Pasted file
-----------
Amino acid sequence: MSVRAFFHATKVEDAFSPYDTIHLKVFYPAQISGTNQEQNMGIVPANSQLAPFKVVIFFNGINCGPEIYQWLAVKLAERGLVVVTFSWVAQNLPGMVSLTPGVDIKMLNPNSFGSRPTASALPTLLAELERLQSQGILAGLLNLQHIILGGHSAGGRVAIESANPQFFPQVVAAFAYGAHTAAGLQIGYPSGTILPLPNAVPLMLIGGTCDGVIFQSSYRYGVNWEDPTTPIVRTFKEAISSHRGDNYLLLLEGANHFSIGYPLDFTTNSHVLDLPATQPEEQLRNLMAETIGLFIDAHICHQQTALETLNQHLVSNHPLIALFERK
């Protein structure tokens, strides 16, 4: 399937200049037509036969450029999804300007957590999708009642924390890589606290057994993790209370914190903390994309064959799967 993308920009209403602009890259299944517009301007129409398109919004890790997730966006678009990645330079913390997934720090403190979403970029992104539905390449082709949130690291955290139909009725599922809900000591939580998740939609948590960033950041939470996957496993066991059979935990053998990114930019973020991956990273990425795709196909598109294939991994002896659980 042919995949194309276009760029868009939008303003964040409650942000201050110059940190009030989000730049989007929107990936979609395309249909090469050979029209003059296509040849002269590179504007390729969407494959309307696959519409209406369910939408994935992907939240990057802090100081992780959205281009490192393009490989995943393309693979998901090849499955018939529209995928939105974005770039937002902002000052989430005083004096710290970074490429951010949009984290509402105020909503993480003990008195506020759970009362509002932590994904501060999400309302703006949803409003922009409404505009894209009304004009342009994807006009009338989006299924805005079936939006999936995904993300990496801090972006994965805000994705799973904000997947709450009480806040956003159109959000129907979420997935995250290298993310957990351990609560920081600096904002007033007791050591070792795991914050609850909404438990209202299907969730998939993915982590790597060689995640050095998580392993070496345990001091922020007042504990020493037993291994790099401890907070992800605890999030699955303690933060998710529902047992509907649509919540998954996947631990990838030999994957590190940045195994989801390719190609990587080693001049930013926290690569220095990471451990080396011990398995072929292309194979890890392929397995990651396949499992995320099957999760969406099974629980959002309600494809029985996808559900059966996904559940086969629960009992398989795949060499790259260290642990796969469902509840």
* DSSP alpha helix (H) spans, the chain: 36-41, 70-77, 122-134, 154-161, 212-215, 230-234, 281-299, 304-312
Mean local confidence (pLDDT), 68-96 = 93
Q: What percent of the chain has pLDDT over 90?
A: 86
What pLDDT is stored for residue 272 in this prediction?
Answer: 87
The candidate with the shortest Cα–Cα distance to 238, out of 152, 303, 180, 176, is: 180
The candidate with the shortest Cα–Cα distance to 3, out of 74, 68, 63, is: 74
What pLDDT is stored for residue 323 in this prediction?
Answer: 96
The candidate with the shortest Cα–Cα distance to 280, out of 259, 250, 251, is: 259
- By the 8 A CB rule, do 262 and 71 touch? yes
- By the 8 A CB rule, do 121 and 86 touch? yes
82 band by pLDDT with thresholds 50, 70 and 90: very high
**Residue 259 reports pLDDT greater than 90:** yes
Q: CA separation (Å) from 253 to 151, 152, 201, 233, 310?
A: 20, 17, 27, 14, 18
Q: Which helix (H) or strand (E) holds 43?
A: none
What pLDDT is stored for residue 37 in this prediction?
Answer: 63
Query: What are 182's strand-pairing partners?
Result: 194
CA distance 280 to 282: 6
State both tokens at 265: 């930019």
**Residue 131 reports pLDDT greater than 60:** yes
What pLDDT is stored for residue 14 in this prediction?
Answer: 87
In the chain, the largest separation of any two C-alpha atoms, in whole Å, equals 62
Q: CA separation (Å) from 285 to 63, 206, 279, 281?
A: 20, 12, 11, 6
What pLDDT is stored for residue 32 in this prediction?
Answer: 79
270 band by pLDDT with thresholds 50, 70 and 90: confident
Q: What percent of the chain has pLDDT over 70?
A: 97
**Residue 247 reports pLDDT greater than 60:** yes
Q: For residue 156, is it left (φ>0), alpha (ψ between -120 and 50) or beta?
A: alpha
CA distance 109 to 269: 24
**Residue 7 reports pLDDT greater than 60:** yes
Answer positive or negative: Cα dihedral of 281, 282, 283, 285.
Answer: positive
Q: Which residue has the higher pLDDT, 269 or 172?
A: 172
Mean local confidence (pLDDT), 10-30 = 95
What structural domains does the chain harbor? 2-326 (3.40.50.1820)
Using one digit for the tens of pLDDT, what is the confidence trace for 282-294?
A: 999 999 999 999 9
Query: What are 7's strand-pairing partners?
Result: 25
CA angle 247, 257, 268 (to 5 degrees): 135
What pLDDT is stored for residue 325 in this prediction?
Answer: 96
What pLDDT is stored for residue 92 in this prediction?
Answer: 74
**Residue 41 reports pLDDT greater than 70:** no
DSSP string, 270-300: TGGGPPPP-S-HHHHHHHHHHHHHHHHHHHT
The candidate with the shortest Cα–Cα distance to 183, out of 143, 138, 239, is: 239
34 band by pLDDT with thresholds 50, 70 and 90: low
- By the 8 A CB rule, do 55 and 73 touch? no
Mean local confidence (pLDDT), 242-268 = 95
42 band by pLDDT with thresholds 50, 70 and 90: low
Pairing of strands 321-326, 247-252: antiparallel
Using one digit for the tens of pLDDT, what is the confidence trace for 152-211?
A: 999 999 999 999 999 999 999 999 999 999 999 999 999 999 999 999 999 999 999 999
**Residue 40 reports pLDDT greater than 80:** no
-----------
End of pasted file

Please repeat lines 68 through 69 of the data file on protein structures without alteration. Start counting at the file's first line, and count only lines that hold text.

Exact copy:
A: 999 999 999 999 999 999 999 999 999 999 999 999 999 999 999 999 999 999 999 999
**Residue 40 reports pLDDT greater than 80:** no